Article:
I’m having trouble typing through tears of joy.
Shawn Spencer (James Roday) is a hyper-observant investigator who uses his skills to pretend to be a psychic detective along with his best friend Burton “Gus” Guster (Dulé Hill). The two worked in Santa Barbara, California, alongside the Santa Barbara Police Department under Chief Karen Vick (Kirsten Nelson). The two regularly pair with Det. Carlton “Lassie” Lassiter (Timothy Omundson) and Shawn’s now-wife Juliet “Jules” O’Hara (Maggie Lawson), and seek help from Shawn’s retired detective father Henry Spencer (Corbin Bernsen). It’s been 6 years since most of the cast moved to San Francisco when the show ended and Lassie has been the Chief of Police in Santa Barbara. Unfortunately, Lassie recently was shot and had a stroke during the operation to save his life, resulting in him being confined to a wheelchair with memory loss. It’s up to the Psych team to figure out who shot Lassie. Guests include Sarah Chalke as Lassie’s Nurse, Joel McHale as Lassie’s father, Richard Schiff as Lassie’s doctor, and Kurt Fuller, Jimmi Simpson, Sage Brocklebank, and Jazmyn Simon reprising their roles as Woody Strode, Mary Lightly, Buzz McNab, and Selene.
So, to truly appreciate this film, you not only need to have seen the show Psych, but also to know that Timothy Omundson had a major stroke in real life 3 years ago right before they filmed the first Psych movie. As a result, he was only in a small cameo via video in the film. His recovery has been hard, but honestly pretty inspiring. I don’t know the full extent of his mobility, particularly in his left arm, but I suppose it would have been necessary to address it somehow in the film. It surprised me, though, that this movie directly incorporated the stroke, albeit here from surgery, into Lassiter’s character. However, it worked amazingly. I’ve always loved Psych, so I admit that my opinion on this film might be a little biased, but having Lassie going through such a deeply personal journey enhanced almost everything about this film, even compared to the first movie.
The highlight of the show Psych, from the pilot on, was less the detective work of Shawn or the police, but more the interplay between Shawn and Gus. James Roday and Dulé Hill have such a wonderful natural chemistry that it makes almost any conversation between the two amusing. The friendship between Shawn and Gus is among the most believable on film, despite the fact that they are almost complete opposites in personality. This movie doesn’t mess with that formula, which is the right call, particularly since it’s been 3 years since we last saw them.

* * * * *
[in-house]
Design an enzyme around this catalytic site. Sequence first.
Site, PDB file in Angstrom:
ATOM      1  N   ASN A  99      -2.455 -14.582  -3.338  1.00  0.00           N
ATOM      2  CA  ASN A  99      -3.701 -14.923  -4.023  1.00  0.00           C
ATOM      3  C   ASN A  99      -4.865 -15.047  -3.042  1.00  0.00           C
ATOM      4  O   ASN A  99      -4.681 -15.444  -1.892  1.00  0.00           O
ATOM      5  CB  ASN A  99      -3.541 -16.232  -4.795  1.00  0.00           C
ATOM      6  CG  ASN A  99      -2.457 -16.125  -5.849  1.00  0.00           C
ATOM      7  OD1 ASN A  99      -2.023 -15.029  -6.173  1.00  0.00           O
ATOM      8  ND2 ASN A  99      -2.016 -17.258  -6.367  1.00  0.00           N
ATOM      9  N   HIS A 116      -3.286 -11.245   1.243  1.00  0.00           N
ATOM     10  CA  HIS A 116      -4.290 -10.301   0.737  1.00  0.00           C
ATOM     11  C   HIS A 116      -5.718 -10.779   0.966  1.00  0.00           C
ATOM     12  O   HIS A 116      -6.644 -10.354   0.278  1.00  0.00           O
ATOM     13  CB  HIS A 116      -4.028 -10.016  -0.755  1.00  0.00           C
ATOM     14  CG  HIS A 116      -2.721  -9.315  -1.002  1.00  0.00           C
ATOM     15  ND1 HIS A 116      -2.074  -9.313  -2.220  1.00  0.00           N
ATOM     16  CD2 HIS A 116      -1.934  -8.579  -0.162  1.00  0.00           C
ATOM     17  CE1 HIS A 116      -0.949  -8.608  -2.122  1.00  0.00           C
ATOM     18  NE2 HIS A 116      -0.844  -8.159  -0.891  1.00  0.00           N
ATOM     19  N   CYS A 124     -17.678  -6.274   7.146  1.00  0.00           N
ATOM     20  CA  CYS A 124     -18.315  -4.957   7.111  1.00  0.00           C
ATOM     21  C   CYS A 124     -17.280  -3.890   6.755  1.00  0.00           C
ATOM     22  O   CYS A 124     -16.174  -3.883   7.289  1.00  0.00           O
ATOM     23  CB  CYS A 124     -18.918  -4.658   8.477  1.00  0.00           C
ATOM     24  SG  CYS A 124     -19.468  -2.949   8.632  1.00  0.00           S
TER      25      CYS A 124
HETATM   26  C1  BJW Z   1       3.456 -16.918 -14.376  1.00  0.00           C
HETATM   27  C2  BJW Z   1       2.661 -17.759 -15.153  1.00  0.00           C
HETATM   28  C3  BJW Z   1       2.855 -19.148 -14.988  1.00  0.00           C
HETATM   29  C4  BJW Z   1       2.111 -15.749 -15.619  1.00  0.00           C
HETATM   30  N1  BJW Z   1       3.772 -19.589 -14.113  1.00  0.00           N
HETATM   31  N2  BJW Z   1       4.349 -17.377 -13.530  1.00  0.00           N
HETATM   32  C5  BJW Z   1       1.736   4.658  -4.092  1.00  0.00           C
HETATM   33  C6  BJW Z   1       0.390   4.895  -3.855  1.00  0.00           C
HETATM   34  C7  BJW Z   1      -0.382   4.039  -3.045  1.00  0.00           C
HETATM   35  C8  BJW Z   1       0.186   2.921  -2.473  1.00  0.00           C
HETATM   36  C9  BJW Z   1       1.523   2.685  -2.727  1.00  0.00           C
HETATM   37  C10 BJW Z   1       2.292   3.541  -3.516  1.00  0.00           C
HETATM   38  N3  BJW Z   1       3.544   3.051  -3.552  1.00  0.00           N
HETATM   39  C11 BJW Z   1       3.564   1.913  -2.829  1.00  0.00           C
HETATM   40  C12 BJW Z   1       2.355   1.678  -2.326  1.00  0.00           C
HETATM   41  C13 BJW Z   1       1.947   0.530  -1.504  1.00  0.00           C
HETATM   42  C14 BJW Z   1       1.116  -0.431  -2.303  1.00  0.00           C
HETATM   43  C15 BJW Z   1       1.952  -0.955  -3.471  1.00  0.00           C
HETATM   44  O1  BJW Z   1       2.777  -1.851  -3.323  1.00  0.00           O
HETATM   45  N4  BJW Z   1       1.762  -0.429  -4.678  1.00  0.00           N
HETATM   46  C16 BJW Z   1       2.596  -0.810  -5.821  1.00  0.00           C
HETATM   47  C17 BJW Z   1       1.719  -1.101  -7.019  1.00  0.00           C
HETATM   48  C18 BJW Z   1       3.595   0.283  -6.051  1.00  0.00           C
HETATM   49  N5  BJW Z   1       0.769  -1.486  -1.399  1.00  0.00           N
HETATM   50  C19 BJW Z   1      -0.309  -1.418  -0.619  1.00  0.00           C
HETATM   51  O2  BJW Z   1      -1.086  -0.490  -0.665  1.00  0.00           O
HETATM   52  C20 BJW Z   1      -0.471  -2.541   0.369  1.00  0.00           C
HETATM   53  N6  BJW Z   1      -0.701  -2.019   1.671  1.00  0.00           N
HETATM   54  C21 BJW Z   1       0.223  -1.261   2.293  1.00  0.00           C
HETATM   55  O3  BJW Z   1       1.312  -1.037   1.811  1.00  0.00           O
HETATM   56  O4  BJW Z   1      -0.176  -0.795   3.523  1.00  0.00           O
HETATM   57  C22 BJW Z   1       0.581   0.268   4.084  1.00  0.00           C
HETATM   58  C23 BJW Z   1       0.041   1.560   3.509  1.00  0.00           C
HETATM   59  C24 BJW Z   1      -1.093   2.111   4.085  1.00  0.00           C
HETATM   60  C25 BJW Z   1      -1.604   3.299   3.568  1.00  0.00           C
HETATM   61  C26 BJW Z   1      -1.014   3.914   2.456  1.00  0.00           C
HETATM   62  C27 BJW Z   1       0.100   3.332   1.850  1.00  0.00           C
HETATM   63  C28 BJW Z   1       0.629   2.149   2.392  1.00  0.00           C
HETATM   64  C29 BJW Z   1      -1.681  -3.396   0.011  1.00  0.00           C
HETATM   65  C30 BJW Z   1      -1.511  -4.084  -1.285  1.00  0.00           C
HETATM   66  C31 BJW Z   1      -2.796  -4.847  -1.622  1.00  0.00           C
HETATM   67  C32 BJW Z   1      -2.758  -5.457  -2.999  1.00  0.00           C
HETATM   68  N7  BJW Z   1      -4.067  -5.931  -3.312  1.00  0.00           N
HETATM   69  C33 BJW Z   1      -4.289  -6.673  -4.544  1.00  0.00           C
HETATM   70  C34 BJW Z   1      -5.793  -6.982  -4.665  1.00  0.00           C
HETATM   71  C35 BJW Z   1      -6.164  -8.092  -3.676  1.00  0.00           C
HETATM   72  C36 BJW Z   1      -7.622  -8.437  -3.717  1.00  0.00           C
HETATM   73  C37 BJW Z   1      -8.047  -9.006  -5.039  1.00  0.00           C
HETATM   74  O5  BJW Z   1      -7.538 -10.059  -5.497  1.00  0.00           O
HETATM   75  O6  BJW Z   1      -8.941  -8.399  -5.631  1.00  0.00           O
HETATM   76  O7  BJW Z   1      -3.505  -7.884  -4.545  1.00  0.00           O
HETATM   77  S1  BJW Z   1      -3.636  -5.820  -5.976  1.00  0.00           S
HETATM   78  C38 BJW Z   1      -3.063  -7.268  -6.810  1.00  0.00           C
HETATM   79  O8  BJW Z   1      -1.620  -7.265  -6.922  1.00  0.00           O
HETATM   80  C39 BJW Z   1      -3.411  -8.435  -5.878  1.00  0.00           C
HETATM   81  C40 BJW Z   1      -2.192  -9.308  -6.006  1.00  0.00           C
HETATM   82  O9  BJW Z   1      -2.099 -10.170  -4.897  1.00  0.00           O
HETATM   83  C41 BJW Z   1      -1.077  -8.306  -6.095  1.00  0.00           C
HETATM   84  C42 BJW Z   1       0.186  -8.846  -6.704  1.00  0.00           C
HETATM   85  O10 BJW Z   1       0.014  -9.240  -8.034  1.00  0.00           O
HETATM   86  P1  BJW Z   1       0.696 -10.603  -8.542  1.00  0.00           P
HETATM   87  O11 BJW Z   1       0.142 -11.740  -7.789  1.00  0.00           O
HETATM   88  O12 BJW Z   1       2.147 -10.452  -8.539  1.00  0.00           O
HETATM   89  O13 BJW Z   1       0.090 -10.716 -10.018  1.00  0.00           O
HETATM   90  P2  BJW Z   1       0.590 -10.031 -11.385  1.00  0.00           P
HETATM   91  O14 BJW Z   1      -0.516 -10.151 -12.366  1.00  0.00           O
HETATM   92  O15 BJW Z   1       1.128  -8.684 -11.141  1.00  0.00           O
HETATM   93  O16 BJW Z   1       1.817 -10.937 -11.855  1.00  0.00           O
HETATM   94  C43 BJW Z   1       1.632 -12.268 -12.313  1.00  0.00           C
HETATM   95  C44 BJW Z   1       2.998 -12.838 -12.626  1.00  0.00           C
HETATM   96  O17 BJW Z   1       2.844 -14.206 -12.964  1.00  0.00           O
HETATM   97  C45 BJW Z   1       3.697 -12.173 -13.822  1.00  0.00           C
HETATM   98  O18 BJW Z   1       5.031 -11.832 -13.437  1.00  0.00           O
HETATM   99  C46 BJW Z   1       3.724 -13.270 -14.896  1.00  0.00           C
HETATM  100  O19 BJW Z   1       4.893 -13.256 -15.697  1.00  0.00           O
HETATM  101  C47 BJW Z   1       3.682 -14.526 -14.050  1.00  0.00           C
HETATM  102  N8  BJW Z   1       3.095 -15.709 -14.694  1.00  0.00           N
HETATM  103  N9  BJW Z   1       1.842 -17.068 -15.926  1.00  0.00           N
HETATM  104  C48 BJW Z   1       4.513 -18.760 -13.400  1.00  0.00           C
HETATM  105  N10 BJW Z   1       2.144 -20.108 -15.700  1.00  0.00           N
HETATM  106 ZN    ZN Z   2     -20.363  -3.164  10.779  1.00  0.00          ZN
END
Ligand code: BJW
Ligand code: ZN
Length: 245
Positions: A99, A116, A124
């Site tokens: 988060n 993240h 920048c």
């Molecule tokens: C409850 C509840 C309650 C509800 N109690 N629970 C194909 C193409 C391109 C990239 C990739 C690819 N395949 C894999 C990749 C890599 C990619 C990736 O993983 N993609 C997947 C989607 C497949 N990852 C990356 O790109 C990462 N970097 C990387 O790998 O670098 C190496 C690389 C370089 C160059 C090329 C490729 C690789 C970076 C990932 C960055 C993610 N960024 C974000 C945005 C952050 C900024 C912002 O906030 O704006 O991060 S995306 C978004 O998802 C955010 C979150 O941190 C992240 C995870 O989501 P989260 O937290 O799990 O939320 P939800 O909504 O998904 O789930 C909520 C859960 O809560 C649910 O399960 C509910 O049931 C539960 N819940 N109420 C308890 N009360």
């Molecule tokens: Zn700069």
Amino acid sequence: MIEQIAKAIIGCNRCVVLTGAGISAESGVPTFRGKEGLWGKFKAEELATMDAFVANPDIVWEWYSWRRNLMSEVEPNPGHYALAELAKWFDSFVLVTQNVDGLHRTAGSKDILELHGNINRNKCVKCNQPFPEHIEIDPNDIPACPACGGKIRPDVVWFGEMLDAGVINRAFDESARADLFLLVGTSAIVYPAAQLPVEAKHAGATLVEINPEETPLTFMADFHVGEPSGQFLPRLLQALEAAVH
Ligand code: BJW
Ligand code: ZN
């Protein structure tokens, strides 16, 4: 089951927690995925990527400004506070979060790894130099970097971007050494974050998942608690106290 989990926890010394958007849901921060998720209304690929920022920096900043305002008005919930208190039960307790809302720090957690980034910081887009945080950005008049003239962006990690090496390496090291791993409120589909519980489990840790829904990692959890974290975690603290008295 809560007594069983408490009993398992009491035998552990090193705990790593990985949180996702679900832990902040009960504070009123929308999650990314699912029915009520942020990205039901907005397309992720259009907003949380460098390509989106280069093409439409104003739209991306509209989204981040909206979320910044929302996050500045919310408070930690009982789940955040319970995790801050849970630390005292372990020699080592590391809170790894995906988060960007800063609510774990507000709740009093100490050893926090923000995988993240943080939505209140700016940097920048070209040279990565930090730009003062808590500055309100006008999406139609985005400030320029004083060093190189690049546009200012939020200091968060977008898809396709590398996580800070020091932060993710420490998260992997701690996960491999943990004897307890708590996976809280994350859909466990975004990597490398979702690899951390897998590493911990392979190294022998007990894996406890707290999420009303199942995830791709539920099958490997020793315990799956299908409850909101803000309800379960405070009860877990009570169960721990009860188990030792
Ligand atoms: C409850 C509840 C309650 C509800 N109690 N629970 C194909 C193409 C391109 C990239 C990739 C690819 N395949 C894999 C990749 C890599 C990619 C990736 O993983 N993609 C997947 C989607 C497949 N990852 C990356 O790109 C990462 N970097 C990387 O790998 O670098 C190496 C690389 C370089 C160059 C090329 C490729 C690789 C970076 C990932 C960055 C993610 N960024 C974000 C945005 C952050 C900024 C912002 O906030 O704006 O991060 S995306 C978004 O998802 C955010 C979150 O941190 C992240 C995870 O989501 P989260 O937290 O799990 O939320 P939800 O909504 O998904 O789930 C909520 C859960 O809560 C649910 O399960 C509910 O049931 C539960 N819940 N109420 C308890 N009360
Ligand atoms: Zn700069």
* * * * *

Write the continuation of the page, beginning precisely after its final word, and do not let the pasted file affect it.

The main story is more compelling than usual, though, because it involves finding the person who hurt Lassie. Since the stakes seem higher, it has an added level of gravitas, even though the mystery is solved in the usual Psych style; which is to say a number of goofy scenes that slowly come together based around a number of coincidences and independent investigations somehow filling in the gaps. The film makes sure that the audience never forgets the center of the movie by having multiple scenes of Lassie questioning what his life means now that he might be physically and mentally reduced from what he was. Given that Omundson himself was likely dealing with those same thoughts, the performance is incredibly natural and powerful. I don’t want to spoil it, but the last scene with him in the film did legitimately reduce me to tears.
Overall, this was a solid movie if you’re a fan of the Psych franchise. The creators have said they want to make 5 films, and right now that almost seems like too few.
If you want to check out some more by the Joker on the Sofa, check out the 100 Greatest TV Episodes of All Time, Collection of TV Episodes, Collection of Movie Reviews, or the Joker on the Sofa Reviews.
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